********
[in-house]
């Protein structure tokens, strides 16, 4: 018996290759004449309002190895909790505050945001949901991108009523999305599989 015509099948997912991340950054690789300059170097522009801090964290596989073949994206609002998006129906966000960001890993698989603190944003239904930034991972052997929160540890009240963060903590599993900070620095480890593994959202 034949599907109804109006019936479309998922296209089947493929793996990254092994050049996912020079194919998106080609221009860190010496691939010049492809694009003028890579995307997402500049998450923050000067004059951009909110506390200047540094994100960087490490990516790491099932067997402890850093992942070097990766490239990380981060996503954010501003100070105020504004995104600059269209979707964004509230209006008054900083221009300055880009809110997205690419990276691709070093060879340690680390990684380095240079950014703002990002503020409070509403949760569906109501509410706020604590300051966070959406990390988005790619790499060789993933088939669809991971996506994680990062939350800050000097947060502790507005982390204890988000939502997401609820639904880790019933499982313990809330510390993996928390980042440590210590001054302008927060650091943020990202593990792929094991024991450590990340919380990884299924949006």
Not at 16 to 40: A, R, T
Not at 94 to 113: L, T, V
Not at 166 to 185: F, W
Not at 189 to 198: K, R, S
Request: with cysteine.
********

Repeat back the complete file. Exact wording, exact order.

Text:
[in-house]
């Protein structure tokens, strides 16, 4: 018996290759004449309002190895909790505050945001949901991108009523999305599989 015509099948997912991340950054690789300059170097522009801090964290596989073949994206609002998006129906966000960001890993698989603190944003239904930034991972052997929160540890009240963060903590599993900070620095480890593994959202 034949599907109804109006019936479309998922296209089947493929793996990254092994050049996912020079194919998106080609221009860190010496691939010049492809694009003028890579995307997402500049998450923050000067004059951009909110506390200047540094994100960087490490990516790491099932067997402890850093992942070097990766490239990380981060996503954010501003100070105020504004995104600059269209979707964004509230209006008054900083221009300055880009809110997205690419990276691709070093060879340690680390990684380095240079950014703002990002503020409070509403949760569906109501509410706020604590300051966070959406990390988005790619790499060789993933088939669809991971996506994680990062939350800050000097947060502790507005982390204890988000939502997401609820639904880790019933499982313990809330510390993996928390980042440590210590001054302008927060650091943020990202593990792929094991024991450590990340919380990884299924949006």
Not at 16 to 40: A, R, T
Not at 94 to 113: L, T, V
Not at 166 to 185: F, W
Not at 189 to 198: K, R, S
Request: with cysteine.